Ellen’s children are later mentioned in a letter written to Otis Lafayette Bonney by their cousin Ida which was previously transcribed here. If anyone has additional knowledge about the people or events mentioned in this letter, please let me know!
 Theodore refers to their twenty-three year old brother, Theodore Lyman Bonney (b. 27 Oct. 1836). T. L. Bonney died three years later during the Civil War of typhoid fever on 11 May 1863 at Aquia Creek, Virginia. Post 127 of Hanson’s G.A.R. was named in his honor.
 Otis and Theodore belonged to a debate club which met in Hanson weekly on Saturday evenings and whose membership largely consisted of male 20-somethings from Hanson, although this letter does not provide the club’s name. Apparently Otis was still able to participate in the club’s debates from afar by writing his answer to the weekly question in a letter. The fellow club members mentioned were probably 26 year old Reuben Smith Jr. (b. 29 March 1833, Otisfield, Me., son of Reuben Smith and Mary C. Whitney), 20 year old Alonzo Beal (b. 1840, son of Edwin and Sarah D. Beal), their 19 year old brother Morton Van Buren Bonney (b. 8 March 1841, Hanson, son of Ezekiel Bonney and Angeline White), 20 year old Thompson Pratt, 19 year old Lot Phillips (b. 13 Feb. 1841, Hanson, son of Ezra and Lucy Phillips), and their neighbor 27 year old George Forbes Stetson (b. 11 April 1833). No teenaged or twenty-something Hanson residents could be identified for “Josiah B.” – this was possibly their 32 year old second cousin Josiah Bonney. No teenaged or twenty-something Hanson residents could be identified for “Joseph T.” unless it was “Joseph F.” in which case it may have been 23 year old Joseph Fish.
 A marriage which took place in Hanson on Saturday, 24 March 1860 could not be identified in Hanson Vital Records.
 Possibly either William Thomas (b. 28 Jan. 1828, Hanson, son of John and Mary R. Thomas) or William Otis Thomas (b. 31 Oct. 1830, Hanson, son of Nelson and Anna Thomas).
 Possibly either Ezra White and Ezra Magoun.
 George Bonney was a second cousin of Otis and Theodore. George was born at Hanson, 2 December 1826, son of Nathaniel Bonney and Polly Robinson. He was married to Julia A. Smith, daughter of Reuben and Mary Smith.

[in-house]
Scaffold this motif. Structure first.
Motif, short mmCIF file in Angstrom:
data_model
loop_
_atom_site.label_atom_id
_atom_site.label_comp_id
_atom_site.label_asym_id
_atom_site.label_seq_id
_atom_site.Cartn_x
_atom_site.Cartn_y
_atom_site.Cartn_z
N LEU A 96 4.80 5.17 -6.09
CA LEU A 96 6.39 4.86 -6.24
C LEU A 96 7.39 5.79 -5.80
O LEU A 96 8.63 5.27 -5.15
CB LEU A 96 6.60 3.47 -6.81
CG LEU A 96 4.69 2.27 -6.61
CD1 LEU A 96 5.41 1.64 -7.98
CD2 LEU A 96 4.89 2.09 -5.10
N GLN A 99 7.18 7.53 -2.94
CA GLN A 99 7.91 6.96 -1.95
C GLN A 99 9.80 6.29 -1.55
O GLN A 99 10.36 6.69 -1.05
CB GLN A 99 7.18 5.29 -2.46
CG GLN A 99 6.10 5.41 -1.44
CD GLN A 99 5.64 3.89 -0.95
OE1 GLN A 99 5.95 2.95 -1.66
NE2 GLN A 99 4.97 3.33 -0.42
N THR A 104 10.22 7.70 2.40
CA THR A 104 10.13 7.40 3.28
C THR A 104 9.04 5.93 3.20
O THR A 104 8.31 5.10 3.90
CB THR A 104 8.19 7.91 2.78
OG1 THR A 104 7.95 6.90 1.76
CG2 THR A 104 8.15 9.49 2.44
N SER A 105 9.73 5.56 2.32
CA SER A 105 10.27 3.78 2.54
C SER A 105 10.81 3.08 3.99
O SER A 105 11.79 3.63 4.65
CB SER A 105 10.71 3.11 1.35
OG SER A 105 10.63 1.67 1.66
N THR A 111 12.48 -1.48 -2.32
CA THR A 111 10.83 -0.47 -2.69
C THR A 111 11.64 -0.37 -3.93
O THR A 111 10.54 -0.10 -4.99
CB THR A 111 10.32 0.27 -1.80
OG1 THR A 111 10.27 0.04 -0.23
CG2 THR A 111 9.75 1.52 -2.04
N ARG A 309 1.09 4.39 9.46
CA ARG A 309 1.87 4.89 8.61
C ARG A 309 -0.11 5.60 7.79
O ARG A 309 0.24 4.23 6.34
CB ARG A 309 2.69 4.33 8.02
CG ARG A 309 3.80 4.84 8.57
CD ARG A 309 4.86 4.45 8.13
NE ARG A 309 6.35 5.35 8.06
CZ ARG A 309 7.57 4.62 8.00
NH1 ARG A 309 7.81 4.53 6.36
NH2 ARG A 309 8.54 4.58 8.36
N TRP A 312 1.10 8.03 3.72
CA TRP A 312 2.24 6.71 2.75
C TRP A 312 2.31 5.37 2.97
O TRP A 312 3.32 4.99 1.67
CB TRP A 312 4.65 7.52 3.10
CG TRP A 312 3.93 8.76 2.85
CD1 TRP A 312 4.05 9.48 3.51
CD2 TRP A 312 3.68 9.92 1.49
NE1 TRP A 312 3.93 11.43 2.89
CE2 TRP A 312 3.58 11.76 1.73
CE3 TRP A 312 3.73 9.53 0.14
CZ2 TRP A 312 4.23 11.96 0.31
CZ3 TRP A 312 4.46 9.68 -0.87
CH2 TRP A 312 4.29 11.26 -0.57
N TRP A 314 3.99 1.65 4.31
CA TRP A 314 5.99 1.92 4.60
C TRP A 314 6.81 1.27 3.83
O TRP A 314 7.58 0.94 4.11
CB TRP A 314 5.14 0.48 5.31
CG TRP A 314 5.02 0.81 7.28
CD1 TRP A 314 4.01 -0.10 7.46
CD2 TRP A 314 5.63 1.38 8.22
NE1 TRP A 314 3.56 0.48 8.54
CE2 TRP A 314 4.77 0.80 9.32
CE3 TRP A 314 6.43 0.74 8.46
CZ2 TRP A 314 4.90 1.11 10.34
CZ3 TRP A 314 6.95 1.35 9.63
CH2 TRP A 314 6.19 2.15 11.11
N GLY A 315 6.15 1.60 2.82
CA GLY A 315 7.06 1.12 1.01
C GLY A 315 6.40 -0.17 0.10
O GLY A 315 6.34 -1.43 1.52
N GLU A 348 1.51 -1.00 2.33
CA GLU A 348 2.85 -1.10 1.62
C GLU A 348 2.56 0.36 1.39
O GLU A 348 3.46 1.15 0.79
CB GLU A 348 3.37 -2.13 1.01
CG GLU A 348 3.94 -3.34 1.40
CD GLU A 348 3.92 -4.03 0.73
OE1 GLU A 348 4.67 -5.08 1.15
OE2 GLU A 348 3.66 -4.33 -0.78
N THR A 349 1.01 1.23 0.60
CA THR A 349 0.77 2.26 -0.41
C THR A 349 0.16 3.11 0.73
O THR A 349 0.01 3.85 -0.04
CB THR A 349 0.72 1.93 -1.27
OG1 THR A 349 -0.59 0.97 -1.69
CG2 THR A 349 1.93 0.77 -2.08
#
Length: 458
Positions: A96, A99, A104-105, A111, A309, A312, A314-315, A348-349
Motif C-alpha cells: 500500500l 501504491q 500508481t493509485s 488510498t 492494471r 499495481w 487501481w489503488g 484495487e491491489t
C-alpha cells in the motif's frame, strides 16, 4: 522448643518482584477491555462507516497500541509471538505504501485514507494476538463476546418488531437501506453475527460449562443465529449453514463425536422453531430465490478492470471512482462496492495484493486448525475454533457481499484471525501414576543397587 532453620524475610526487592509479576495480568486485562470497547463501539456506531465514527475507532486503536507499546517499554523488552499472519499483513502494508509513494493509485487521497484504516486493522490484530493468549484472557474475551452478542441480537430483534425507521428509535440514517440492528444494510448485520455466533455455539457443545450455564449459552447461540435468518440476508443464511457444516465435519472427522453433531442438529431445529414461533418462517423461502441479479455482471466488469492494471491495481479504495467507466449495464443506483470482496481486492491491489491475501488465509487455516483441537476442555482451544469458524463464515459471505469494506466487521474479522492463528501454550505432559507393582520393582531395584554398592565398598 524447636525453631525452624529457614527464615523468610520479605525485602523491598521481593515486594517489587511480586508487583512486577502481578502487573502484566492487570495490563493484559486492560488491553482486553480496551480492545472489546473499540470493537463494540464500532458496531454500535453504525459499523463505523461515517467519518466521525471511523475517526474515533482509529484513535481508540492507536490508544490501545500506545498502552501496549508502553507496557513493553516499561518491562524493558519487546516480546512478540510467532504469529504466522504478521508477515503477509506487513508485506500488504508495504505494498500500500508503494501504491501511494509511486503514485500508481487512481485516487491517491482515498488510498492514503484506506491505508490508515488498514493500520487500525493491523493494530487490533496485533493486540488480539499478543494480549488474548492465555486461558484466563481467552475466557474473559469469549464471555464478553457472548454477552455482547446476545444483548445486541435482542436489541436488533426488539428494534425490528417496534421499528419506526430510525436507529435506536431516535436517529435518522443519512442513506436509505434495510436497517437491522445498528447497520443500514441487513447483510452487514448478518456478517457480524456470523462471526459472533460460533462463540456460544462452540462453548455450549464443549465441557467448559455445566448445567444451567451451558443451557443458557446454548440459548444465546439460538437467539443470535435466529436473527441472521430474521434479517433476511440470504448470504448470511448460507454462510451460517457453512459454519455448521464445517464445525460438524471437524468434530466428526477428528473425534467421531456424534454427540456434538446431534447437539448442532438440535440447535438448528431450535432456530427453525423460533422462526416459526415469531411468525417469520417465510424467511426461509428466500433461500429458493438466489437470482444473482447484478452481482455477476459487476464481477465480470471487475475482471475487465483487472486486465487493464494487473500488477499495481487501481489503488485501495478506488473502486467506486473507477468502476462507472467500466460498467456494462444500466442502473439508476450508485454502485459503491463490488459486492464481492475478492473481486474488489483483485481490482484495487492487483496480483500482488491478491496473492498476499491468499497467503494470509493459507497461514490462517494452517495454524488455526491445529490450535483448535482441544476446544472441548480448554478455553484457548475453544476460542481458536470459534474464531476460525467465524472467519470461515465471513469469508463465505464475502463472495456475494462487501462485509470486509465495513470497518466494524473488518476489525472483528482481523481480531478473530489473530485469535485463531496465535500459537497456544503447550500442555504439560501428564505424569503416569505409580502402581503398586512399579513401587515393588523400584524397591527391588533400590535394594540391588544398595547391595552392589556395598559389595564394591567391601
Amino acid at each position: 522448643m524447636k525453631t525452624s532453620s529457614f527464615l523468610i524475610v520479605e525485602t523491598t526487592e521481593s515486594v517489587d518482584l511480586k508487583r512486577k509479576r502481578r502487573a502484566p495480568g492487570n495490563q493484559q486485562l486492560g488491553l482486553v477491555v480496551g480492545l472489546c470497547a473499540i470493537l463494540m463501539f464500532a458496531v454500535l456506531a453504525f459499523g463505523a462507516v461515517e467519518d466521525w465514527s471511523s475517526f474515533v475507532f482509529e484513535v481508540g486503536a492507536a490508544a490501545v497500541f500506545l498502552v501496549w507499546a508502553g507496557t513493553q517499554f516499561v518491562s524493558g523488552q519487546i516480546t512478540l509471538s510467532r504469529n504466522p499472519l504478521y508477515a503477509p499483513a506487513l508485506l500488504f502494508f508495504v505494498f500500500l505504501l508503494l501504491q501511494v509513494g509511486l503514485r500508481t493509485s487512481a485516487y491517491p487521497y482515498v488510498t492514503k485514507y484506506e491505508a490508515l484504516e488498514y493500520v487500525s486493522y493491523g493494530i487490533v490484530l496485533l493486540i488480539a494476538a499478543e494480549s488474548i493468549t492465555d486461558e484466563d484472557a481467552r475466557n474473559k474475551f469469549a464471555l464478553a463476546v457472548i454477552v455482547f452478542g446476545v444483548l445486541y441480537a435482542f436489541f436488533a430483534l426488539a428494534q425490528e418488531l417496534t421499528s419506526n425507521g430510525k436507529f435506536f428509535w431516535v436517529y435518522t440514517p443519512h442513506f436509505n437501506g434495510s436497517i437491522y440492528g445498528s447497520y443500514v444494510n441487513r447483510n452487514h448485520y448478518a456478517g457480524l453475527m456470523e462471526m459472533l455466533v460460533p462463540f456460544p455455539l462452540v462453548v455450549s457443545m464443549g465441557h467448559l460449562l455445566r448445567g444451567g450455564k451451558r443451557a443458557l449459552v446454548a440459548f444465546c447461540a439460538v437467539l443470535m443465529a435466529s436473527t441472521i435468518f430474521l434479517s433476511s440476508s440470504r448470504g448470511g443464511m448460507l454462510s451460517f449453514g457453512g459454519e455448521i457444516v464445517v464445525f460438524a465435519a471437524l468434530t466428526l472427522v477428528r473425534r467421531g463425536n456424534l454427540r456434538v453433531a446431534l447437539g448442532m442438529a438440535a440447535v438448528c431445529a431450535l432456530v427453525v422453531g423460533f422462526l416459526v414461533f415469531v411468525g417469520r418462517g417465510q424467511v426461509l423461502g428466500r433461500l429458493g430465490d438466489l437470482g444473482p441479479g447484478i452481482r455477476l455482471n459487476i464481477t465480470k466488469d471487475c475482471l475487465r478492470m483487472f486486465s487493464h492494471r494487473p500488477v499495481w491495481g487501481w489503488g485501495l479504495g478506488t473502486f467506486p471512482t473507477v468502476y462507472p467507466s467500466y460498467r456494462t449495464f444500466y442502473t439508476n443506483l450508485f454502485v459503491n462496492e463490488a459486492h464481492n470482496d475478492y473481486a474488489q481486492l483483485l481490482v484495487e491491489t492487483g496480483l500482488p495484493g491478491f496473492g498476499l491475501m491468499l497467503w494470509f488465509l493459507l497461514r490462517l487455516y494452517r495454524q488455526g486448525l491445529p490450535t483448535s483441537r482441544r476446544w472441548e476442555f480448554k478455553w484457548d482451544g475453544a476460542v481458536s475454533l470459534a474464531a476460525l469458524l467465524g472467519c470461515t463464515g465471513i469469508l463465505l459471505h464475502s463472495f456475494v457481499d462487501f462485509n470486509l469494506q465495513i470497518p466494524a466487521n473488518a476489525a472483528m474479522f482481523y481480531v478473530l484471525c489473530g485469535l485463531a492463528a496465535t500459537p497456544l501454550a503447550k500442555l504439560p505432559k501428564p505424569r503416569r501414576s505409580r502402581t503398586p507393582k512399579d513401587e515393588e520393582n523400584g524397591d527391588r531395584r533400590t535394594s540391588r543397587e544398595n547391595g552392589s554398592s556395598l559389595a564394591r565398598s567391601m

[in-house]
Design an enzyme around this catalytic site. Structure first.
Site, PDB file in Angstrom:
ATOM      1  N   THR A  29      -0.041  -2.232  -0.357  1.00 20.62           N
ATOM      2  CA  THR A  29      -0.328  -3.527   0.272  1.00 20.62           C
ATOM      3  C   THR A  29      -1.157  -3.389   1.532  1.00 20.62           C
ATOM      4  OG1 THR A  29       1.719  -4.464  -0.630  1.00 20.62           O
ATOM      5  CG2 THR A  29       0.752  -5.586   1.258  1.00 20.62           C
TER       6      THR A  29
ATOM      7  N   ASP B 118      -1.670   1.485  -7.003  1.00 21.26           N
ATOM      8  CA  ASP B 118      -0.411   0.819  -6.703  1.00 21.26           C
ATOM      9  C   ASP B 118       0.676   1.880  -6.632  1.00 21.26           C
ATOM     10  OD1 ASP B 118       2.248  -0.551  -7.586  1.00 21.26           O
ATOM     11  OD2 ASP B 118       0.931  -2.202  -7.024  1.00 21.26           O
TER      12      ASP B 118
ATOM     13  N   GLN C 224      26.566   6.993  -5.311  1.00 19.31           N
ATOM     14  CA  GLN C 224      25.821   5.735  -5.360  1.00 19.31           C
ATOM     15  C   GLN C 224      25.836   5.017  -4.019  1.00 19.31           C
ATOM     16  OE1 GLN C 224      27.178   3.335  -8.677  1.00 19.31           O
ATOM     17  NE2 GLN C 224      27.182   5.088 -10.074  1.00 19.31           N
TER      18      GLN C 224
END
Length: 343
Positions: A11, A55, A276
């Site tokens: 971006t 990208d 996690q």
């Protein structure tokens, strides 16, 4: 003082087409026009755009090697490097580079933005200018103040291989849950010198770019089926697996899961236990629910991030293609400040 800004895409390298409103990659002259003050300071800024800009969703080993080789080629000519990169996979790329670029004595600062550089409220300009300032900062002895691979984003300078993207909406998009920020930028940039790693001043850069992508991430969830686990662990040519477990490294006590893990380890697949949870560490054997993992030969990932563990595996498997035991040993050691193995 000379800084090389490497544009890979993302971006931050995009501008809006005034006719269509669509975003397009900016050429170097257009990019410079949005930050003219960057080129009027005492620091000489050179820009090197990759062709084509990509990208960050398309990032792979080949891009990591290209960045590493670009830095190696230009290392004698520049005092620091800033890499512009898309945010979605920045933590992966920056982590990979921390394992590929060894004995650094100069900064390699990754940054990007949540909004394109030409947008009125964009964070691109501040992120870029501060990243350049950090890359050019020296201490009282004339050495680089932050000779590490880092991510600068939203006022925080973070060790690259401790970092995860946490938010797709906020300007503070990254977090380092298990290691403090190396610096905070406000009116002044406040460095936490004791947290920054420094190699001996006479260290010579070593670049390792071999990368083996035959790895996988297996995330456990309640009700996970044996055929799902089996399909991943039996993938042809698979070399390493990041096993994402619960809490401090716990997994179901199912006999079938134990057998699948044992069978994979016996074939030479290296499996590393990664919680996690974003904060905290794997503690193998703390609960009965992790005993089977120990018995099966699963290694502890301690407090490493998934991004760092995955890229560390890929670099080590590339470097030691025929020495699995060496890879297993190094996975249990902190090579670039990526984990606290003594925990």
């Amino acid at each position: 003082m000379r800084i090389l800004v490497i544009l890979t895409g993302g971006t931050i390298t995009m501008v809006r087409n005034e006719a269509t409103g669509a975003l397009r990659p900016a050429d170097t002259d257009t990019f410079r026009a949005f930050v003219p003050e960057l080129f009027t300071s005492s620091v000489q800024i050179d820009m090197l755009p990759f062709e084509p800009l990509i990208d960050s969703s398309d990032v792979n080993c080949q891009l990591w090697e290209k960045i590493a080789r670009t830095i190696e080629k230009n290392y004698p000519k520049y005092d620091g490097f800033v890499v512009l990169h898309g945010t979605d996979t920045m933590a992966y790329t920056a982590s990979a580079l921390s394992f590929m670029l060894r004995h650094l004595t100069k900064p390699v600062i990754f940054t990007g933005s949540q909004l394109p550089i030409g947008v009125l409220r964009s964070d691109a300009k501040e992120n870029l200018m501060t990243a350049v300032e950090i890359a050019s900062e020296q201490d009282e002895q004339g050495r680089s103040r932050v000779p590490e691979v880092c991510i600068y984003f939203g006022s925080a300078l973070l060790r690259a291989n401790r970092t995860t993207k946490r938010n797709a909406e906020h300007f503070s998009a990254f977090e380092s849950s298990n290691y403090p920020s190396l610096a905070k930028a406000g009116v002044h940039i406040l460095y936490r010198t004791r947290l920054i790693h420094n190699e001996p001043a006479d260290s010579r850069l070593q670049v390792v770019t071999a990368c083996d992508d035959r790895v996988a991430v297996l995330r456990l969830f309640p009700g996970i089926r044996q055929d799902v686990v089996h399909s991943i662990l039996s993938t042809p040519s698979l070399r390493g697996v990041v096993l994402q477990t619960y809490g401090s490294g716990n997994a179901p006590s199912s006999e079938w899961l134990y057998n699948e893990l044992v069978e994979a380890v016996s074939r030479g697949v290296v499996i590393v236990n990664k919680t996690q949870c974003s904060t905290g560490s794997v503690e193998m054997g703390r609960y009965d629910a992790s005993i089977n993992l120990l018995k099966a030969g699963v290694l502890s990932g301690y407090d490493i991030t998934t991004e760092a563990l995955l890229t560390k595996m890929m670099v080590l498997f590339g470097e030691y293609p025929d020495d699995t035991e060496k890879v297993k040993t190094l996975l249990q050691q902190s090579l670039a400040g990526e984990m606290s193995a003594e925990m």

On 13 March 1860, 53 year old Levi Everson, a farmer, died of consumption in Hanson. He was the son of Levi Everson and Bathsheba Holmes and the husband of Mary T. Dunham.
 This may have been 23 year old Marina Winslow Turner Bearce (b. Hanson, 24 Nov. 1836, daughter of Isaiah and Marina A. Bearce). If so, not only did she “live until the fall”, she married 30 June 1860, Cyrus A. Bates and died in 1915.
 Angelina (Bates) Church, wife of Lewis C. Church and daughter of Calvin Bates and Elizabeth Stetson, a 41 year old married woman of Hanover. According to her death record, she died in Hanover on 17 March 1860 of “insanity, death by drowning”. She was born at Hanover, 11 March 1819.
 Their 52 year old mother, Angeline Dean (White) Bonney was born at Easton, 11 May 1807, the daughter of Howe White and Temperance Dean. She married Ezekiel Bonney 10 June 1827. She died of Bright’s disease at Hanover, 20 Feb. 1880, and was buried at Fern Hill Cemetery, Hanson.
 Refers to the family of their 28 year old sister Julia Ann (Bonney) Howland (b. 28 Sept. 1831). Julia married Martin Howland 6 November 1851. In 1860 they were living in Halifax, Mass. and had one child: John Francis Howland (b. 21 Aug. 1852, Hanson).
 St. Patrick’s day had been celebrated in Boston, Mass. since the 18th century.
Below are images of two of the Bonney brothers mentioned in this letter:
4 thoughts on “Sibling Saturday: 1860 Letter from Ellen J. Bonney of Hanson, Mass. to her brother Otis L. Bonney of Boston, Mass.”
The first thing that caught my attention was that apparently the stamp and address could go anywhere on the front of an envelope 150-plus years ago. Second was that death appears to have been a decidedly unremarkable event, as evidenced by the treatment it receives. Given mortality rates in 1860, that’s not surprising. A very interesting post.
‘Very cool to happen upon your posting on a late-night Google search! If I had all our genealogy papers from storage I may be able to add to the fun, but… I will bookmark your site to return later. If my memory is correct, my husband is a tenth?-generation Bonney from the Massachusetts line. It was fun to read of–and give some some faces to–people I have “met” in research years ago, including Theodore, who died near where I now live in northern Virginia. I’ll have to find more information on his death in Aquia and see if his grave is there. Thanks for the enjoyable post!! Let me know if there’s anything I can help you with here in the VA/DC area!
Thanks for your comment! I recently wrote an article which provide additional details about Theodore’s burial if you are interested! http://hansonhistoricalsociety.wordpress.com/2013/07/01/object-of-the-month-theodore-lyman-bonney-civil-war-photograph/